To haste unto your coronation,
A letter was delivered to my hands.
Writ to vour grace from the Duke of Burgundy.

TuL Shame to the Duke of Burgundy and thee t
I Tow'd, base knight, when I did meet thee next.
To tear the garter from thy craven's leg

[Phukmg it off,
jWbich I have done), because unworthily
ThoQ wast installed in that high degree.
Pardon me, princely Henry, and the rest:
This dastard, at the battle of Patay.
When but in all I was six thousand strong.
And that the French were almost ten to one.
Before we met, or that a stroke was given.
Like to a trusty squire, did run away ;
In which assault we lost twelve hundred men;
Ijhrself^ and divers gentlemen beside^
Were there sorpris d and taken prisoners.
Then judge, sreat lords, if I have done amiss;
Or whether that such cowards ought to wear
This ornament of knighthood, vea or no.

Olo, To say the truth, this l^ct was infamous,
And ill-beseeming any common man ;
Much more a knight, a captain, and a leader.

TaL When first thia order was ordatn'd, my
Knights of the garter were of noble birth ;
Valiant and virtuous, full of haughty courage,
Such as were grown to credit by the wars;
Not fearing death, nor shrinking for distresa,
But always resolute hi most extremes.
He then that is not fnmish'd in this sort
Doth bat oaarp the sacred name of knight,
Profiuiing thia moat honourable order;
And should (if I were worthy to be judge)
Be quite deg^ed, like a hedge-bom swam
That doth presaoie to boast of gentle blood.

K, Een. Stain to thy oountrymen I thou hear*st

thy doom I
Be packing therefore, thou that wast a knight;
Henceforth we banish thee, on pam of deaUi.—

And now, lord protector, view the letter
Sent from our uncle Duke of Burgundy.
Ola, What means his grace, that he bath changed

his style ? 7 Vktomg the mperacriptum.
No more but, plam and bluntly,— *« To the king?"
Hath he forgot he is his sovereign?
Or doth this churlish superscrintion
Pretend some alteration in good will?
Whafb here? — ** I have, upon especial cause, —

Mov*d with compassion of my country^ wrack,
Together with the pitiful complaints
Of such as your oppression feeds upon, —
Forsaken vour pernicious faction, [Franoe.**

And join a with Charles, the rightfU King of

monstrous treachery 1 Can this be so;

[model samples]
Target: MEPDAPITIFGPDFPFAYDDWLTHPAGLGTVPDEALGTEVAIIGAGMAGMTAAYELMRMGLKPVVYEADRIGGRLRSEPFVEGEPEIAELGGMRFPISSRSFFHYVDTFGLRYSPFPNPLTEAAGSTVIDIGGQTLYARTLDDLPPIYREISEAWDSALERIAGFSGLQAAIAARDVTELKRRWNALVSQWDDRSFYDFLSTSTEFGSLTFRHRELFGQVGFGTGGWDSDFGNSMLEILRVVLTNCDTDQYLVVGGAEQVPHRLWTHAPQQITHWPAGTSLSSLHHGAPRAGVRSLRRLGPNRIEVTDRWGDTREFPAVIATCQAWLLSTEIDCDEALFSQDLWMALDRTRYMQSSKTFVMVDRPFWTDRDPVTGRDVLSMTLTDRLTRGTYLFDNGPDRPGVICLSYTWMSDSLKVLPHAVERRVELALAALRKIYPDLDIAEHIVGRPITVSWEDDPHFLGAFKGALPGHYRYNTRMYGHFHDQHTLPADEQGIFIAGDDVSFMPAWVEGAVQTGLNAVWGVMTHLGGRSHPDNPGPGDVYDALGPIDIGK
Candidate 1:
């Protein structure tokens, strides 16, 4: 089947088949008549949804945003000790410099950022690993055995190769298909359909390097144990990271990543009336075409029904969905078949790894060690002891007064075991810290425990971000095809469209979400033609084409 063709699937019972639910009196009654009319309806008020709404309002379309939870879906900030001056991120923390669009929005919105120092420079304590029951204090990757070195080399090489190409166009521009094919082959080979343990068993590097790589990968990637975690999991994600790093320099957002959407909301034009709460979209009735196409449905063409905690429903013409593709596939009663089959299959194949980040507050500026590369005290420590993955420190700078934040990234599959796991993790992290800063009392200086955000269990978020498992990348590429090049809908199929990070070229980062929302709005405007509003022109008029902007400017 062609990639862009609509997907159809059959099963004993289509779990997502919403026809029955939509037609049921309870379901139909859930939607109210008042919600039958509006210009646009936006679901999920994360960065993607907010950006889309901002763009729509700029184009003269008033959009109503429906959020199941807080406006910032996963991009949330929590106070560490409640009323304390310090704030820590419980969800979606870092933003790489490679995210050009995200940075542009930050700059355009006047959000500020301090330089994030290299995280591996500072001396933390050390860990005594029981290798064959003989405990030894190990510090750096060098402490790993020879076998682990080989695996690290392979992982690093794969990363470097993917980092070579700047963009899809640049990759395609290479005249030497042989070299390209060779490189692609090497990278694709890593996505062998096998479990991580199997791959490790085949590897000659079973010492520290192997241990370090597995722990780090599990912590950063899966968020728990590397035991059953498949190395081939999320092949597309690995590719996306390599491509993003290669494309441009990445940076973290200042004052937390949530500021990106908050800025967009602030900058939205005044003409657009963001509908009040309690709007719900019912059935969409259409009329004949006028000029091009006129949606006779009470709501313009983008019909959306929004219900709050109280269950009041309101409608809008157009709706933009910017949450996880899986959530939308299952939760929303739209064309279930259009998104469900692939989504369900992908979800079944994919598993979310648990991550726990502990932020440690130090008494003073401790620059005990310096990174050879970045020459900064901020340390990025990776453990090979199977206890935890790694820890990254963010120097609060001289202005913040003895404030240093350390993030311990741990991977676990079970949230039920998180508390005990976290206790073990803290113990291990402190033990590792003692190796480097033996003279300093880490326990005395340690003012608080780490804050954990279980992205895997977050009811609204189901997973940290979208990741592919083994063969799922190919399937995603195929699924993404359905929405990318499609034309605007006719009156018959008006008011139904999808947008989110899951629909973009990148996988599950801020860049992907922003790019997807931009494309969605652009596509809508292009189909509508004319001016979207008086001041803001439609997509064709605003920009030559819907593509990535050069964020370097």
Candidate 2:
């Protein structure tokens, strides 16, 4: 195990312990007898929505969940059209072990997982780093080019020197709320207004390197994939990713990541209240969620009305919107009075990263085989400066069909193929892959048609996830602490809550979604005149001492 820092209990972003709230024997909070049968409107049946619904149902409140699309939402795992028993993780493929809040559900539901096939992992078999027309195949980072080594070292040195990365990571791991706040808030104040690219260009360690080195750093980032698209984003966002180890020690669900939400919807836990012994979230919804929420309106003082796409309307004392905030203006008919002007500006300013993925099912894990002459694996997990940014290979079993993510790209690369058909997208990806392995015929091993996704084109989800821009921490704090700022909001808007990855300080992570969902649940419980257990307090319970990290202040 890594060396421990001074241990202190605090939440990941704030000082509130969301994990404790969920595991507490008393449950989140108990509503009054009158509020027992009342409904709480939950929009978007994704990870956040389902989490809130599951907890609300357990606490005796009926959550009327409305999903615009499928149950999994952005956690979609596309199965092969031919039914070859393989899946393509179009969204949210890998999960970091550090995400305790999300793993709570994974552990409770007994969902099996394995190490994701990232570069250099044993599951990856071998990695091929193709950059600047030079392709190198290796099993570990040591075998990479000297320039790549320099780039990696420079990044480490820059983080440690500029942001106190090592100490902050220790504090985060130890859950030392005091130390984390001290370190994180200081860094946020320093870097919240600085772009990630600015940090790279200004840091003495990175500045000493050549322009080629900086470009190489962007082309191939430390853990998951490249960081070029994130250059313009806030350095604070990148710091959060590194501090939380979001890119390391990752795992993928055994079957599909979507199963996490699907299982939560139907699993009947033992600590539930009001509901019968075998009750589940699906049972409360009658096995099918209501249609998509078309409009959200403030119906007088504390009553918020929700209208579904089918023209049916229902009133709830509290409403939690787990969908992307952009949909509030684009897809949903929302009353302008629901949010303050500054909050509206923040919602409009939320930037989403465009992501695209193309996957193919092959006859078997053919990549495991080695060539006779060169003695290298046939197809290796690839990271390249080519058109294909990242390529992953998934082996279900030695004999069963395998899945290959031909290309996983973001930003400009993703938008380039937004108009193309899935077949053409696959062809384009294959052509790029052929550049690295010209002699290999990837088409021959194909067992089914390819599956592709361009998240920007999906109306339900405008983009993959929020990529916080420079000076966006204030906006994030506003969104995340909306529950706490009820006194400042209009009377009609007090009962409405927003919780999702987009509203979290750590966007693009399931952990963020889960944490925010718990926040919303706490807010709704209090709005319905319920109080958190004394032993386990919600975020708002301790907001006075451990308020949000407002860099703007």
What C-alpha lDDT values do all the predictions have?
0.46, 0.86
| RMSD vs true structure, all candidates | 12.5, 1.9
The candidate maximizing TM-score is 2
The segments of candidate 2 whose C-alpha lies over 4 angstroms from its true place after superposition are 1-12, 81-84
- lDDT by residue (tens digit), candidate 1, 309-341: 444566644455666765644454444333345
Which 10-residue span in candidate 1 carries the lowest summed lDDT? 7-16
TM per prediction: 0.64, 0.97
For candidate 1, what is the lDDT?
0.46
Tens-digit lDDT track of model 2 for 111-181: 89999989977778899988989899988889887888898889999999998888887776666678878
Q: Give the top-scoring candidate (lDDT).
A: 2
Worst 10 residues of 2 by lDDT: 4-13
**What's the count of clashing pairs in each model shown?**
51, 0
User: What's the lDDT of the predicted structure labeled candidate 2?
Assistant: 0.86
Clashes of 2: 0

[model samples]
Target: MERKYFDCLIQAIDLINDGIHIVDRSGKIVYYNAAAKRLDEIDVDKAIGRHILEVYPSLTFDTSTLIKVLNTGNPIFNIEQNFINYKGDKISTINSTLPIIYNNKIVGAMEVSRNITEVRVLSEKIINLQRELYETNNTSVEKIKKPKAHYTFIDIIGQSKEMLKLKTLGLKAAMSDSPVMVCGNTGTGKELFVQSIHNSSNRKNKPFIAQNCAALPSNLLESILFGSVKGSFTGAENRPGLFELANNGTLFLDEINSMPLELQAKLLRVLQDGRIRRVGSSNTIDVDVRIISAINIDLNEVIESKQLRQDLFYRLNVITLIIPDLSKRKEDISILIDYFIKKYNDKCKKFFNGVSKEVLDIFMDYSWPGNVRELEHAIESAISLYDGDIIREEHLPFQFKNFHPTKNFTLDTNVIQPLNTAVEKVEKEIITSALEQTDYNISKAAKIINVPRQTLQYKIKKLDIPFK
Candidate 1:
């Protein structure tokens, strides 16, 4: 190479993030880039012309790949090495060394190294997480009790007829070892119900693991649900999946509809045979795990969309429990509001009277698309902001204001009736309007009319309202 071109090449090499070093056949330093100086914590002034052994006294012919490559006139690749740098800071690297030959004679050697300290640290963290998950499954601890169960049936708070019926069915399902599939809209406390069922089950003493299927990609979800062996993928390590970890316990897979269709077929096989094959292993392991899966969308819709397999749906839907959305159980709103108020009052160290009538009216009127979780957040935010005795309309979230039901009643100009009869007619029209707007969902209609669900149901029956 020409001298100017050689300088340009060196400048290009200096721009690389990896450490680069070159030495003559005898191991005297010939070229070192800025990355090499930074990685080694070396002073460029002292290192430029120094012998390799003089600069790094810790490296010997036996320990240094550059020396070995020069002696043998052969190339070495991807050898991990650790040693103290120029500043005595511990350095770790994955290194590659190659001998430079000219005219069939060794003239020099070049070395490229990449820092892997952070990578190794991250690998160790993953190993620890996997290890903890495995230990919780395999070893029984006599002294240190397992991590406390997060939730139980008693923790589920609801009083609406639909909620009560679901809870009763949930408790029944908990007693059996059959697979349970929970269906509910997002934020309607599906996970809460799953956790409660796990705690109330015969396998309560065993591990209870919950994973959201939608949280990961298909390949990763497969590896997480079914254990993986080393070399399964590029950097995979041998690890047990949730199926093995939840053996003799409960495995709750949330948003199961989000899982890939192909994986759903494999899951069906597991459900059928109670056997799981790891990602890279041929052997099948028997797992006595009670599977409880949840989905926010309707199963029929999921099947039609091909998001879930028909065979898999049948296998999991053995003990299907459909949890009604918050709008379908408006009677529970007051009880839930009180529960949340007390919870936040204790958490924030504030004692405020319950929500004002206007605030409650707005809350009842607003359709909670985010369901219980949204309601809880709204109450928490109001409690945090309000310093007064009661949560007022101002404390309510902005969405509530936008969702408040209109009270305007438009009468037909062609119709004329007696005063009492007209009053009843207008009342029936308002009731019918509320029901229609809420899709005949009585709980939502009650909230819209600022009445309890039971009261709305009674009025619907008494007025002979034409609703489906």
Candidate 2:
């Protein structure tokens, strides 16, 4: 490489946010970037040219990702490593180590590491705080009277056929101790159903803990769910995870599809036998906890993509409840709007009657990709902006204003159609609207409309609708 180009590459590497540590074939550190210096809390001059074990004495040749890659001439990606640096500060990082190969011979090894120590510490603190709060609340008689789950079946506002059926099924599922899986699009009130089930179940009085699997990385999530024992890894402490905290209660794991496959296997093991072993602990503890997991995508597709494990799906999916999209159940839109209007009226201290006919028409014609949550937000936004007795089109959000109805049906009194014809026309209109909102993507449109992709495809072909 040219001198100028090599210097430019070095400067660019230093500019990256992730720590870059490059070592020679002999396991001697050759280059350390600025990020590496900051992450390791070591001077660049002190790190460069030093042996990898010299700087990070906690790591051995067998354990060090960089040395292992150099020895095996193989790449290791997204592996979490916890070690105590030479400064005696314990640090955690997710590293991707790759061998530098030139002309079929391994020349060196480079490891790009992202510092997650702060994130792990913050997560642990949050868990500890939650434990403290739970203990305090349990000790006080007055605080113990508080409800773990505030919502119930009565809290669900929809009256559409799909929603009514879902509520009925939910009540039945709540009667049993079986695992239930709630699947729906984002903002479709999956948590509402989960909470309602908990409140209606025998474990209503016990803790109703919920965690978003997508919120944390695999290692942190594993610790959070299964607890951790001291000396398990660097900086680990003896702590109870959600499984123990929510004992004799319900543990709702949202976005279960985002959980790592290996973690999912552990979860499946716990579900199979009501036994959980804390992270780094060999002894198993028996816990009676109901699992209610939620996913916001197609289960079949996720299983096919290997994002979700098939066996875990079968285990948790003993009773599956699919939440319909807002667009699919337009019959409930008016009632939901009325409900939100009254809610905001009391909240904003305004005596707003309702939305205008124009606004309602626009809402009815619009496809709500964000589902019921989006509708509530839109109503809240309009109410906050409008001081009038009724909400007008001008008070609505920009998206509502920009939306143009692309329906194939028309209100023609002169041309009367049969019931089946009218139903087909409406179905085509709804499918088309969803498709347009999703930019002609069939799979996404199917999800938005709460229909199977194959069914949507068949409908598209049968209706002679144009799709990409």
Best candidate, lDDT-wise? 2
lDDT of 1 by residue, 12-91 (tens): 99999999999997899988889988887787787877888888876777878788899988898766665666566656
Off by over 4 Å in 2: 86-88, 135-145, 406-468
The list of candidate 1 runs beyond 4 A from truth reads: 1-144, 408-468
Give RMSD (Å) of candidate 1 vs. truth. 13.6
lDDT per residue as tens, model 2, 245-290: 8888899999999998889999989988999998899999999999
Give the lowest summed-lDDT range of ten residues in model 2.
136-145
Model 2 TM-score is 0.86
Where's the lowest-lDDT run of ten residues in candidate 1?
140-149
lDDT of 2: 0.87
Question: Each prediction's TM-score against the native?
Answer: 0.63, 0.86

That in alliance, amity, and oaths,

There should be found such falsedissemblingguile?

K. Hen. Whatl doth my uncle Burgundy revolt?

Olo. He doth, my lord; and is become your foe.

K. Ben, Is that the worst this letter doth contain?

Olo, It is the worst, and all, my lord, he writes.

K. Ben, Why, theUf Lord Talbot there shall
talk with him,
And give him chastisement for this abuse ^—
How sav you, my lord? are you not content?

2bL Content, my liege? Yes; but that I am

1 should nave begg*d I might have been employed.
' K, Ben, Then pither strength, and maron unto

him straight :
Let him perceive how ill we brook his treason;
And what ofience it is to flout his friends.

TaL I go, my lord ; in heart desiring still
Ton may behold confusion of your foes. [Esat,

Enter Vebmos and Babsbt.

Ver, Grant me the combat, gracious sovereit$n I
Bas, And me^ my lord, grant me the combat tool
York, This is my servant: Hear him, noble

prince !
Som, And this is mine: Sweet Henry, favour him I
K, Ben, Be patient, lords, and give them leave
to spcfldc.—
Say, gentlemen, what makes you thus exclaim?
And whei-efore crave you combat ? or with whom?
Ver. With him, my lord; for he hath done me

Ba$, Andlwithhfan; for he hath done me wronc.
K, Ben, What is that wrong whereof you both
First let me know, and then III UMwer 7<Mk ■

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Baa. Citwsliig the sea from England into France ,
Tbii fellow here, with envious carping tongae,
Upbraided me aboac the rose I wear;
Baying— the sanguine colour of the leaves
Did represent my master *8 blushing cheeks,
When stubbornly he did repugn (he troth,
About a certain question in the law,
Argiied betwixt the Duke of York and him;
With other vile and ignominious terms:
In confutation of which rude reproach,
And in defence of mv lord's worthiness,
I crave the benefit of law (if arms.

Ver. And that is my petition, noble lord :
For though he seem, with forged quaint conceit,
To set a gloss upon his bold intent.
Yet know, my lord, I was provok*d by him;
And he first took exceptions at this badfre.
Pronouncing— that the paleness of this flower
Bewrayed the faintness of my mast^r*s heart.

York Will not this malice, Somerset, be left?

Som, Your private grudge, my lord of York,
will out.
Though ne*er so cunningly you smother it.

K. HoL Qood Lord I what madness rules in
brain-sick men;
When, for so slight and frivolous a cause.
Such factious emulations shall arise:
Good cousins boih, of York and Somerset,
Quiet yourselves, 1 pray, and be at peace.

York, Let this dissension first be tried by fight,